President Donald Trump issued an Executive Order creating a new multiagency process for Executive Branch review of telecommunications-related applications and licenses involving foreign participation in the telecommunications sector. The newly established Executive Branch committee ostensibly replaces the review currently conducted by an informal, multiagency group known as “Team Telecom.” But the Committee’s mandate includes several novel features that expand the reach and scope of national security review beyond what Team Telecom could accomplish.
Recent developments reinforce the urgent need for general counsel and legal departments to deepen their focus on cybersecurity. In today’s environment, any organization can be the target of a cyberattack, regardless of industry, size, or geographic footprint. Indeed, in just the past few years, a variety of cyber adversaries have attacked financial institutions, social media sites, a movie studio, hospital systems, a peer-to-peer ridesharing company, the Democratic National Committee, hotel chains, city governments, educational institutions, telecommunications and energy utilities, prominent retailers, manufacturers, and even the mobile app of a well-known
On October 2, 2019, California Governor Gavin Newsom signed the Consumer Call Protection Act of 2019 to address the rise in deceptive robocalls and protect California consumers from fraudulent calls. The law requires telecommunications service providers to implement Secure Telephony Identity Revisited (STIR) and Secure Handling of Asserted information using toKENs (SHAKEN) protocols by January 1, 2021. These protocols are designed to attest to the authenticity of caller identification data and provide service providers with information to help ensure that calls are not spoofed.
Please join us for our October Events. October 15 Privacy + Security Forum Bret Cohen is a speaker on the panel “The Notice Trap: When and How to ‘Inform,’ Provide ‘Explicit Notice,’ and ‘Disclose’ Under the CCPA” at the Privacy + Security Academy’s Privacy + Security Forum. Location: Washington, D.C. October 15 Privacy + Security Forum Pete Marta is a speaker on the panel, “Best Practices for Preparing a Ransomware-Related Cyber Incident Response Plan,” at the Privacy + Security Academy’s Privacy + Security Forum. Location: Washington, D.C. October 15 Privacy + Security Forum Tim Tobin is a speaker on the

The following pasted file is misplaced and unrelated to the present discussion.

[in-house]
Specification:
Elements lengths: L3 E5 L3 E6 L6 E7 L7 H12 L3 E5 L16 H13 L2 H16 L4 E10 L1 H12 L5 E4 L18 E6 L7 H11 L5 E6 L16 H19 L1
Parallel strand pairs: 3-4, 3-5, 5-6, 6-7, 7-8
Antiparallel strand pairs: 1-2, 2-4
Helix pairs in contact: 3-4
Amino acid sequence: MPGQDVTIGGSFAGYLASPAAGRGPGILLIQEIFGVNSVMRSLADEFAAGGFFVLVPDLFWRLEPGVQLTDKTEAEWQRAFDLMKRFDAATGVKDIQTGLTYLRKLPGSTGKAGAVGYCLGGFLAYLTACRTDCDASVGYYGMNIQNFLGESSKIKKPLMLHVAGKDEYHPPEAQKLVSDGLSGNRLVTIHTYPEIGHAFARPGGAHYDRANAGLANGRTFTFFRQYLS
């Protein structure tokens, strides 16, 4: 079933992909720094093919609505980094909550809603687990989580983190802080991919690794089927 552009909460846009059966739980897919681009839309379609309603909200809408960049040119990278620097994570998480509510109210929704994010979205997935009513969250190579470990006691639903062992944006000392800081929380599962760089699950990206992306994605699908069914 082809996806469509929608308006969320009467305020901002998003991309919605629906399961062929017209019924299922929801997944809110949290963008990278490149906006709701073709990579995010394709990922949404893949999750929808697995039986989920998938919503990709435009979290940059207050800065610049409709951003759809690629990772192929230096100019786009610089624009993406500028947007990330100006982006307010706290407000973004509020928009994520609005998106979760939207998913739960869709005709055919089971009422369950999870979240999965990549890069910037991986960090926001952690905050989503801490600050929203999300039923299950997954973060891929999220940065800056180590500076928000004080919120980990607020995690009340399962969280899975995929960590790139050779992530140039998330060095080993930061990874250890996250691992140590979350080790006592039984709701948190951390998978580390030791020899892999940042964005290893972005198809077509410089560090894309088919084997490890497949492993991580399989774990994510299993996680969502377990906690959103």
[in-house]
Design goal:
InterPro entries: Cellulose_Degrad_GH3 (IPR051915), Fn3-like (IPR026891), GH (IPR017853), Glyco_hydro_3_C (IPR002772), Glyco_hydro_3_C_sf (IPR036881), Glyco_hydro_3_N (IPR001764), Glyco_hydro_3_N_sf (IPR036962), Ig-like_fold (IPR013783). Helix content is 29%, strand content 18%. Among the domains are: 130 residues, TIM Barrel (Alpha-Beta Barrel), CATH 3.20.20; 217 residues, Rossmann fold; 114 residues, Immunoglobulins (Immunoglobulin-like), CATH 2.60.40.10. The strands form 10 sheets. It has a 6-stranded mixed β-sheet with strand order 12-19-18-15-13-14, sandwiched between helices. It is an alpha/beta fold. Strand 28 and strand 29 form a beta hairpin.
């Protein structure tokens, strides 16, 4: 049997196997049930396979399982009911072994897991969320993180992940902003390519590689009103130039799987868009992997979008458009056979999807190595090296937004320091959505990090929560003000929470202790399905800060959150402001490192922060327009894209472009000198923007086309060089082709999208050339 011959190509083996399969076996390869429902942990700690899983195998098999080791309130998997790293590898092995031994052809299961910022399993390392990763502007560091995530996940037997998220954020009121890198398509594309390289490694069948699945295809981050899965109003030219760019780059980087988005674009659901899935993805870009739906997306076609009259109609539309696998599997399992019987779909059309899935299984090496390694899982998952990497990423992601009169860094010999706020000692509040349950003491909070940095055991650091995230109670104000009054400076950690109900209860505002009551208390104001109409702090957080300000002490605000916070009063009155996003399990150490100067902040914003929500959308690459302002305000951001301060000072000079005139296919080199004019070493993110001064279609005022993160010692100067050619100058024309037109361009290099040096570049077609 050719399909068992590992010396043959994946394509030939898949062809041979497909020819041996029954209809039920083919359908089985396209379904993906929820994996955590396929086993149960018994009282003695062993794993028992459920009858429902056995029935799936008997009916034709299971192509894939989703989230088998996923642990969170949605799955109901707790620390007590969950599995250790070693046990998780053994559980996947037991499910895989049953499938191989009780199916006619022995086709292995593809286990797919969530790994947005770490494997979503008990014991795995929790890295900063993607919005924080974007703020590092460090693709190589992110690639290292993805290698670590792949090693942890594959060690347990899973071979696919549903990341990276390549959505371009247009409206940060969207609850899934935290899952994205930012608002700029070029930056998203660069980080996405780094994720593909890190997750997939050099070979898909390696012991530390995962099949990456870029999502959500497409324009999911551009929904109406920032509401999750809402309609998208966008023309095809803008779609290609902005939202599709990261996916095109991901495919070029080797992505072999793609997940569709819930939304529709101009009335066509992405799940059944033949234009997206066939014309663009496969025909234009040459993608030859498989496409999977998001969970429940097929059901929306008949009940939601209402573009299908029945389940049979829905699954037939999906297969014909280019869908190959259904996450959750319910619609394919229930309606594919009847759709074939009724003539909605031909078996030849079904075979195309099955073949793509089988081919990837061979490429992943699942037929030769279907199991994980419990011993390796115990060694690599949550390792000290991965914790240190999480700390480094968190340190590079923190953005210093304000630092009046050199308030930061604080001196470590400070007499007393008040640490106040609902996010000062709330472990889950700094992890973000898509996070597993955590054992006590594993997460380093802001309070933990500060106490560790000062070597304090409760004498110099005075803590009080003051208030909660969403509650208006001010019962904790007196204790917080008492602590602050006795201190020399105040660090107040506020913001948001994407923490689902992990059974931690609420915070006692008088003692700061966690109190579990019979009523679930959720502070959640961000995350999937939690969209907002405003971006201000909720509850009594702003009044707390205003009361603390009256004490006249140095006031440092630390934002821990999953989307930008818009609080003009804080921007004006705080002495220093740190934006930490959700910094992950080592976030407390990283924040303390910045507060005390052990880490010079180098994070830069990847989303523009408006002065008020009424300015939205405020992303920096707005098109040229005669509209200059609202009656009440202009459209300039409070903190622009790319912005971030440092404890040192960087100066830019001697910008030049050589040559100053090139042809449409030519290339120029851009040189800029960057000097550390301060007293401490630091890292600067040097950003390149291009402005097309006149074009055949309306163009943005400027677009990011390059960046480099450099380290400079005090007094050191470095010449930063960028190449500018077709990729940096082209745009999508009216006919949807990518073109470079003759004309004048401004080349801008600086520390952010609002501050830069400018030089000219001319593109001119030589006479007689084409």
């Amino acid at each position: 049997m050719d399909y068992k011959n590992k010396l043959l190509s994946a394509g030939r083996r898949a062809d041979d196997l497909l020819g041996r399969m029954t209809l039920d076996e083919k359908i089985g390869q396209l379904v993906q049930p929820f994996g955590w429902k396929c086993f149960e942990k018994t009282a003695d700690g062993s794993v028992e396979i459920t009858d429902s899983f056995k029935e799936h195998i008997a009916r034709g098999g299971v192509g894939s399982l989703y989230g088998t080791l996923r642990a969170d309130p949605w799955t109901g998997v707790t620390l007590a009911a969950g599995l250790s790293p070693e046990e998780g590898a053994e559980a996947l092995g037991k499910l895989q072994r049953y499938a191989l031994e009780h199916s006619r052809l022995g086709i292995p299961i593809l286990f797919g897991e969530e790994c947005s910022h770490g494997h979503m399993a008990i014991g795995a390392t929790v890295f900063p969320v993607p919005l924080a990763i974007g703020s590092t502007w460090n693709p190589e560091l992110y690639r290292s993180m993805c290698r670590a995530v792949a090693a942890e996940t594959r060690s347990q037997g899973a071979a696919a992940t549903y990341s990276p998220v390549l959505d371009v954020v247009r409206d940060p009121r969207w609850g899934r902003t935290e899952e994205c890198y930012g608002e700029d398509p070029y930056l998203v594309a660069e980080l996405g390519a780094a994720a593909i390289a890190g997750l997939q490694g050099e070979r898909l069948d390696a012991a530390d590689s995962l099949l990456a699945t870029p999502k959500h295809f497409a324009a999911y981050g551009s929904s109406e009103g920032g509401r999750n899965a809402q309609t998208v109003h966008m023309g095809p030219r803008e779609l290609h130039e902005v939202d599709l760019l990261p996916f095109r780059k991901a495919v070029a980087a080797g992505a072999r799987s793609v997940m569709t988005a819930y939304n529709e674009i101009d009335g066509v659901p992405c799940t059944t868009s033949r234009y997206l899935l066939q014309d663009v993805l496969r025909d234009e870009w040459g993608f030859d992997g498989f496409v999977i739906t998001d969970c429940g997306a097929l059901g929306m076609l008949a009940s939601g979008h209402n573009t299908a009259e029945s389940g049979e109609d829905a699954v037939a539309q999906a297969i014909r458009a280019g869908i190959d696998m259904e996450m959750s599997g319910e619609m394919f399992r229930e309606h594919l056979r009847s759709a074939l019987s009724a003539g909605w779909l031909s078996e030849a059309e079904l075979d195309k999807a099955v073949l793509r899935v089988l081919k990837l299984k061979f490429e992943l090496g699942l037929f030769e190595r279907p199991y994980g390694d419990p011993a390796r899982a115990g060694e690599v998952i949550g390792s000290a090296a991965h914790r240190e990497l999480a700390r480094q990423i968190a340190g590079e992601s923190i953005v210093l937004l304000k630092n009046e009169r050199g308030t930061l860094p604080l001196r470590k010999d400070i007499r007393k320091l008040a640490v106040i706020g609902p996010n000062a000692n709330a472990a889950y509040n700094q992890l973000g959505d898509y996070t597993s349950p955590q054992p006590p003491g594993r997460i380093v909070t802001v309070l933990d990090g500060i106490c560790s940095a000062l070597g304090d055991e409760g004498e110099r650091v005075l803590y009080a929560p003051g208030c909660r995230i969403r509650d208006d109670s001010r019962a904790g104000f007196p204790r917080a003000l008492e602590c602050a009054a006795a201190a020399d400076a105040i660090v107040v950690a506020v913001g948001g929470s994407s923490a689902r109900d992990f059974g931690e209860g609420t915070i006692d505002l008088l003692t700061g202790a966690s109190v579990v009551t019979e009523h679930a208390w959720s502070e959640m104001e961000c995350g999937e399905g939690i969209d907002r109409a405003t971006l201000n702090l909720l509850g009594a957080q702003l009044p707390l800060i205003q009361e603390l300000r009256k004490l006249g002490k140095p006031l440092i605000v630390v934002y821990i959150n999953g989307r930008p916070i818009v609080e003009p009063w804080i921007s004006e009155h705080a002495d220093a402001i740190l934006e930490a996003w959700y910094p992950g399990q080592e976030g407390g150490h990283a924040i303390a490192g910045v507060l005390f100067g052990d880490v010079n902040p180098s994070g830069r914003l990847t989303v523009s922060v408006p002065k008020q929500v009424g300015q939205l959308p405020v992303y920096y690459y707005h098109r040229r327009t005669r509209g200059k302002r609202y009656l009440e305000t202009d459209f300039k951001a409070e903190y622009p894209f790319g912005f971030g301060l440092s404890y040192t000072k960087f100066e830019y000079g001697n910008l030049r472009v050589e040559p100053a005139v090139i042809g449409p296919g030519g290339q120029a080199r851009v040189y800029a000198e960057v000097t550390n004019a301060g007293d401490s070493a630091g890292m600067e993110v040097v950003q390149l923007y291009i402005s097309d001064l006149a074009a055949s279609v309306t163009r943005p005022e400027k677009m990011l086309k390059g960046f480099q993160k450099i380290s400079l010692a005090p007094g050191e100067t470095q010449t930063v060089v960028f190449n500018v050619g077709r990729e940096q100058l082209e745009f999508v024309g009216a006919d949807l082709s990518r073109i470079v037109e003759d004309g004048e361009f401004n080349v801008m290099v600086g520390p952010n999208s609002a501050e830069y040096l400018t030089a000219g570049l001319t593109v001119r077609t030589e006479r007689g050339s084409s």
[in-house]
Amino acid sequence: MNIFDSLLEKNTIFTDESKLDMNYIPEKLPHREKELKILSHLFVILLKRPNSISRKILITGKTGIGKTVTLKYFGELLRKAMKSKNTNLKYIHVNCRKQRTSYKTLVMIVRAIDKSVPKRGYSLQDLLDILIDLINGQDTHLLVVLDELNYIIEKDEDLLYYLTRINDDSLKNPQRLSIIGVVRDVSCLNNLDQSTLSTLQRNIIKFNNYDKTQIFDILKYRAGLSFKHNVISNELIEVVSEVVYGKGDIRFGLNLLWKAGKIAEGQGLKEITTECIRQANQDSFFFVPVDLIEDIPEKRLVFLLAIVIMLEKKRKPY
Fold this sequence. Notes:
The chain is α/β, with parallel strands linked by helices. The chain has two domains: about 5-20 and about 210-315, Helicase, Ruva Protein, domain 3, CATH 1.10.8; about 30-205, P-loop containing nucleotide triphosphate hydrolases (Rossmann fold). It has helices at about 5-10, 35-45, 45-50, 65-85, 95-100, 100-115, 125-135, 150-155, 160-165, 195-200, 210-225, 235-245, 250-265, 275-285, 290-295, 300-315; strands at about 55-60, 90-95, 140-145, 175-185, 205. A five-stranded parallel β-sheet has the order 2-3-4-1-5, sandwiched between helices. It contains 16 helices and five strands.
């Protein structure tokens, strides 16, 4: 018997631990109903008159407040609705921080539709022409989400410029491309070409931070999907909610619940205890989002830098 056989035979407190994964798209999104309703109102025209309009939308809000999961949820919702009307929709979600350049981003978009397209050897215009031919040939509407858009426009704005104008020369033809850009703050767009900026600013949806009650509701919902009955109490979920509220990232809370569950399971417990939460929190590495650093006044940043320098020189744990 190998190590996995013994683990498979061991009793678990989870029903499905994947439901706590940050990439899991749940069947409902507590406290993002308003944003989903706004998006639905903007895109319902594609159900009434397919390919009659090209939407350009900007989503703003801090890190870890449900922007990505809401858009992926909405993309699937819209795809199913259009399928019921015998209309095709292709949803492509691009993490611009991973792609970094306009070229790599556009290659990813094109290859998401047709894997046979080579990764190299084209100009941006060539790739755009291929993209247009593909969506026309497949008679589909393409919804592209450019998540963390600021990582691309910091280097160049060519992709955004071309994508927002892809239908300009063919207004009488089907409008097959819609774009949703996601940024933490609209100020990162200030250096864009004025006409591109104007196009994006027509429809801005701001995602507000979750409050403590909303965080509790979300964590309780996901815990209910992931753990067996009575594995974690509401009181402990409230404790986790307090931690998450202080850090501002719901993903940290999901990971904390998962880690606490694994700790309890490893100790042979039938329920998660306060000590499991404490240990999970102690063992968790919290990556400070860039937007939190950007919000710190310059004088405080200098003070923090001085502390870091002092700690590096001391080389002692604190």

Join us on Wednesday, April 3 for the Hogan Lovells Winnik International TMT Forum. Our annual event reviews new and exciting international developments across various technology, media, and telecommunications industries. This year’s program will feature a fireside chat with Makan Delrahim, Assistant Attorney General, Department of Justice, Antitrust Division and also a panel discussion on media and technology convergence and the divergence between the EU and U.S. Panelists will include: – Dr. Jeffrey Eisenach, Managing Director, NERA Economic Consulting – Richard Greenfield, Media & Technology Analyst, BTIG, LLC – Sheri Jeffrey, Partner,
A Hogan Lovells study comparing of regulatory requirements in the European Union, United States, and China shows the complexity and uncertainty of the regulatory framework relevant to Internet of Things (IoT) in Europe. The number of telecoms regulatory constraints affecting IoT in the EU is almost twice as high as in the United States and China. Federal Communications Commission (FCC) Chairman Ajit Pai compares the global race to 5G with World Cup football: “When it comes to 5G, we need to keep the playbook fresh and forward leaning.” Outdated regulations